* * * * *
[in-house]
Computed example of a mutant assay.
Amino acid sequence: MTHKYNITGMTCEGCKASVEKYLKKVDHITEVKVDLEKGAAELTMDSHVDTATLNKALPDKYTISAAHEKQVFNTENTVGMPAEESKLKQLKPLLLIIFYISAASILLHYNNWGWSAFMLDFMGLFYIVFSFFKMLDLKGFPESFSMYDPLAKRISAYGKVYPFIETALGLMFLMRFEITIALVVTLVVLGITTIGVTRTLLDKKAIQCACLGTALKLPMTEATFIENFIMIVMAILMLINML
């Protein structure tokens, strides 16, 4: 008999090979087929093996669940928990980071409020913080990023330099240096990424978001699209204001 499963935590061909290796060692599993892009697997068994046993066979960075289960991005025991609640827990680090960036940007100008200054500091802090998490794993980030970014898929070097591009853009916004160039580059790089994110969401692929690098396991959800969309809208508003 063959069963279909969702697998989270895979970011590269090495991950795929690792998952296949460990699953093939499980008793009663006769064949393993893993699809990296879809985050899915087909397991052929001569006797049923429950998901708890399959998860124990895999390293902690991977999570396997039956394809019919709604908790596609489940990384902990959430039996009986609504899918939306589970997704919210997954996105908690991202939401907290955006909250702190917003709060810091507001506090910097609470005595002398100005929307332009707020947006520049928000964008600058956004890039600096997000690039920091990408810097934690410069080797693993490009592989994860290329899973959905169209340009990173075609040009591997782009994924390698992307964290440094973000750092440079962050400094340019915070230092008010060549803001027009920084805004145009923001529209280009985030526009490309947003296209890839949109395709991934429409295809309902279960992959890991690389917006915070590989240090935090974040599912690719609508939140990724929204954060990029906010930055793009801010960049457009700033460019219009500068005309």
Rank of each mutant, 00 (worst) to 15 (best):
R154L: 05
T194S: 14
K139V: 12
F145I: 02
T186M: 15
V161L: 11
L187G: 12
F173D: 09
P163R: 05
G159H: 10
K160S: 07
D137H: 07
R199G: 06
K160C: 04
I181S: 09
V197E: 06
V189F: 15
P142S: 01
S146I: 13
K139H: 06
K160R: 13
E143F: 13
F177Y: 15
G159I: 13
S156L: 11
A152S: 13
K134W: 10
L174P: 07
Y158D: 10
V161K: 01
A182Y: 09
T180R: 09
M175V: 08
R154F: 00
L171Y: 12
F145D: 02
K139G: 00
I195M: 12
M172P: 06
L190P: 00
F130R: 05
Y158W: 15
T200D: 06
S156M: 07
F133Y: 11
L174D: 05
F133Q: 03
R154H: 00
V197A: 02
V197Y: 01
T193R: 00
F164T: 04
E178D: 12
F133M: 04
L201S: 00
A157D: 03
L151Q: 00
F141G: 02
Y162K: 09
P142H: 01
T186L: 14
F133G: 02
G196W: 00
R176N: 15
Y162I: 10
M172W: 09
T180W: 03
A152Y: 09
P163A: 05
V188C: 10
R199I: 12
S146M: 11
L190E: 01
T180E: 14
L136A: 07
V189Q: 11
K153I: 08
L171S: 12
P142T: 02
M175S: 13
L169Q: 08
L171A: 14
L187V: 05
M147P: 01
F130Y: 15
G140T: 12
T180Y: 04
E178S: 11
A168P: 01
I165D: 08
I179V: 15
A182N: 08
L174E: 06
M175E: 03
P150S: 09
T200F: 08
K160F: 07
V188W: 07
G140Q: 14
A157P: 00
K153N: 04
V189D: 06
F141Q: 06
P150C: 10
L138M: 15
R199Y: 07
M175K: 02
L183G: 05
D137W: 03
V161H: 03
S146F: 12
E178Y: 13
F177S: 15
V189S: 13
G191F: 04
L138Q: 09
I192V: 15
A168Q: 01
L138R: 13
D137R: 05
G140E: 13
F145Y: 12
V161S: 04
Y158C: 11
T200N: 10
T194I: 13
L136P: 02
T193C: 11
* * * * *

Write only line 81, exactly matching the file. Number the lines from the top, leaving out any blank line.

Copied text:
V189Q: 11